Should you see the movie "Selma," or should you avoid it because people claim LBJ gets a bad rap? I admit I was skeptical first, being an LBJ fan, but chose to watch the movie to see for myself.
I was raised in Texas. Naturally, Texans like other Texans. I remember getting a postcard of President Lyndon B. Johnson from my grandfather, as well as several "LBJ for the USA" buttons, and others with his image.
While in high school, my folks took me to Austin, Texas to see the LBJ Library, the first Presidential Library I've ever seen. I built a button collection from their catalogs.
I recognize he had some negatives, including the Vietnam War and budget deficits. But his stand on civil rights was pivotal for this country, signing into law the Civil Rights Act and the Voting Rights Act, among other reforms. Reading Robert Caro's book didn't deter me. I was actually more impressed with Theodore White's "The Making of the President, 1964."
So I really didn't want to see "Selma," especially with the media chatter that the movie portrayed LBJ as the bad guy, opposed to civil rights. But a friend who had seen it convinced me to at least give it a try before adding my name to the list of people opposed to the film.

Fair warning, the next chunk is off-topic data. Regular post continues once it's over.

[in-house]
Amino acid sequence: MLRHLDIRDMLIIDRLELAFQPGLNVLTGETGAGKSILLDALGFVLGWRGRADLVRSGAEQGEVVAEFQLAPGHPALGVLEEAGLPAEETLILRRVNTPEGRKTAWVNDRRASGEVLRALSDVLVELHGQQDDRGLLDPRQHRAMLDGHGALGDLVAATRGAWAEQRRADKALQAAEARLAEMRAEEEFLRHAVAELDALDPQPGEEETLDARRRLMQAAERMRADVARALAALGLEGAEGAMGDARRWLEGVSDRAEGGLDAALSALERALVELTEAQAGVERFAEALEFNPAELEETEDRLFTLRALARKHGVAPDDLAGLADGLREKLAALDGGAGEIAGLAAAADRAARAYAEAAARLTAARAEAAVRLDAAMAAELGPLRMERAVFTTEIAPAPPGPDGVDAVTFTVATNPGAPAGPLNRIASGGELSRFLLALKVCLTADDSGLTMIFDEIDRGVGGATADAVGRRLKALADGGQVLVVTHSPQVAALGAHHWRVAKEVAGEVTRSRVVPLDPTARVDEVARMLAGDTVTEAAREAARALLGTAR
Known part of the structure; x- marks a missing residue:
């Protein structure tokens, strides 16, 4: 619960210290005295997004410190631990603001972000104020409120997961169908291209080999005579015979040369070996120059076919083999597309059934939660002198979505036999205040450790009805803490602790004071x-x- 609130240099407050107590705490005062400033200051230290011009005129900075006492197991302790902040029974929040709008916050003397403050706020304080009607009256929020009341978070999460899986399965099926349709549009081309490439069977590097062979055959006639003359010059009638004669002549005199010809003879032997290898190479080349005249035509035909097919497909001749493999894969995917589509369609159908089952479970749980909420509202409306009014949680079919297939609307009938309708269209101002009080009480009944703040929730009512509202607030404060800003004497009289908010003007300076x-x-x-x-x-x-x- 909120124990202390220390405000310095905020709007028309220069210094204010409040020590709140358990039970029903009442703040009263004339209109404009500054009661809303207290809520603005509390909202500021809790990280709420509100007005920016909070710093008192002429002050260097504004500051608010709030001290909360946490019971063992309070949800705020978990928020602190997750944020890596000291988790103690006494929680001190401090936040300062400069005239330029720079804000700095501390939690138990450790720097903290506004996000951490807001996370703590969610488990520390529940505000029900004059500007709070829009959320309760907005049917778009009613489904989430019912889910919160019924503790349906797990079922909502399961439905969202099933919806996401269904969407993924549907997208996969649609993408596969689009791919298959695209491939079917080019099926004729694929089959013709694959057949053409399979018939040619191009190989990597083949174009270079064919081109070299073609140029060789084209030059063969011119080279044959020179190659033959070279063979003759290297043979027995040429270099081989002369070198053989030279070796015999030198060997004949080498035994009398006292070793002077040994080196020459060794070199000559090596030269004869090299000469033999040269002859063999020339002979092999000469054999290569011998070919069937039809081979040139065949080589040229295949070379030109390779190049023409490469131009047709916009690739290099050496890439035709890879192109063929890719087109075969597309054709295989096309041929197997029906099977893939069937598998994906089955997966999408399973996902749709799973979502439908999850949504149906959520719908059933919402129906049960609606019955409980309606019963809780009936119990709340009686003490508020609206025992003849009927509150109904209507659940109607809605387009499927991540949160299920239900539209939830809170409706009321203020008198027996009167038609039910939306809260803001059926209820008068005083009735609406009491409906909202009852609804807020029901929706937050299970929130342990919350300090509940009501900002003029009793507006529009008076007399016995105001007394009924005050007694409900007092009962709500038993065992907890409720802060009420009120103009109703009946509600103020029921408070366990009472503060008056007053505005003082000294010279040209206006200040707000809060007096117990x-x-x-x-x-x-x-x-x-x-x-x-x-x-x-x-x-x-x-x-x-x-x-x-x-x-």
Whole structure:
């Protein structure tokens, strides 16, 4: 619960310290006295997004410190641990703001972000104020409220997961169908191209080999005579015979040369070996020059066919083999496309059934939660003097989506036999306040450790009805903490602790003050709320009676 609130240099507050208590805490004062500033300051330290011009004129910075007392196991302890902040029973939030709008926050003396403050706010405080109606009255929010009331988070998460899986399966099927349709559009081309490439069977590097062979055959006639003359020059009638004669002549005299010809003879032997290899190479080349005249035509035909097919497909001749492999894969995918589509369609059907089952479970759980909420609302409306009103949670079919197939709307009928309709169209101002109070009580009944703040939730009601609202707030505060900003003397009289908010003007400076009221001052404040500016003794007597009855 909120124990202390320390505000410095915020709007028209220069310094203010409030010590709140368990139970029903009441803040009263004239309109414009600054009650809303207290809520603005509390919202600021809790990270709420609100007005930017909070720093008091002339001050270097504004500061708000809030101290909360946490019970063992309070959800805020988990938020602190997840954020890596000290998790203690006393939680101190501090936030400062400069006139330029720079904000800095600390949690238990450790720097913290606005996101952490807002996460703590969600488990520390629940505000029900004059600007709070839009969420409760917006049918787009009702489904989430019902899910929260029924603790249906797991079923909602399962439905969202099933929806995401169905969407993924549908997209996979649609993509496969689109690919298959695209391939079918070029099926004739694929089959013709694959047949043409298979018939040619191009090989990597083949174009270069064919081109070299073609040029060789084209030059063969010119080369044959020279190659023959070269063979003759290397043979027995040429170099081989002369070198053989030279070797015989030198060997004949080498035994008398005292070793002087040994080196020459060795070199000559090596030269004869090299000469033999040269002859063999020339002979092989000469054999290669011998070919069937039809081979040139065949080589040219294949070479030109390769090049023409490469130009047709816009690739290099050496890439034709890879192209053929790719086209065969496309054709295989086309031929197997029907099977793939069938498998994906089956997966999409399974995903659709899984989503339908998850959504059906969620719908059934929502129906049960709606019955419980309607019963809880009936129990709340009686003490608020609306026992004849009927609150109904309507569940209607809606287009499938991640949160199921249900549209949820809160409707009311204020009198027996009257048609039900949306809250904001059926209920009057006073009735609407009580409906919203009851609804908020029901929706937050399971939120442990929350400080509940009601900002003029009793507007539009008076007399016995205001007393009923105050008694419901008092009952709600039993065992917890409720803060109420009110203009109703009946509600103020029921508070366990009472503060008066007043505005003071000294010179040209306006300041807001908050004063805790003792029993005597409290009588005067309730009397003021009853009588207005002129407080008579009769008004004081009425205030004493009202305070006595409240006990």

On "CBS This Morning," Selma Director Ava DuVernay claimed
"What I try to do is show the full arc of their relationship. Neither man was a saint. Neither man was all sinner. There were gray areas to their relationship... They had one of the most productive relationships in history, but it was sometimes a rocky road to get there. It happened. It was a triumphant time for our country but we tried to show the complexity and the humanity within their relationship."
That's certainly in evidence. President Johnson is quick to tout his Civil Rights support, but wants voting rights strategically delayed, the way President Obama wasn't opposed to gay rights or the environment, but wanted to get his stimulus package and health care bill first. He became a reluctant supporter, after some pressure, but is still lauded for his courage on such issues. And yes, "he" can be LBJ and Obama.
By the end of the film, Johnson sets himself apart from Alabama Governor George Wallace. DuVarney claimed "Literally, people cheer in the theater for LBJ at the end," according to the Daily Show, as quoted by Yahoo Celebrity. That was in evidence at the film, where we had many in the audience doing the same, especially African Americans (including a local politician who is a leader in the African American community here in my West Georgia town), as LBJ triumphantly speaks on behalf of the Voting Rights Act. It shows why African Americans liked LBJ as one of their favorites, according to the Washington Post.
Moreover, Dan Solomon with Texas Monthly points out that LBJ did delay the VRA until he was sure it could pass, and outrage at Selma cinched it.
Selma's a good film to see, and I hope to take my students to it. The portrayal of LBJ was not as negative as I thought, and overall, he's still generally a good guy in the film. At a minimum, you should see the movie, research LBJ, and decide for yourself.
John A. Tures is a professor of political science at LaGrange College in LaGrange, Ga. He can be reached at firstname.lastname@example.org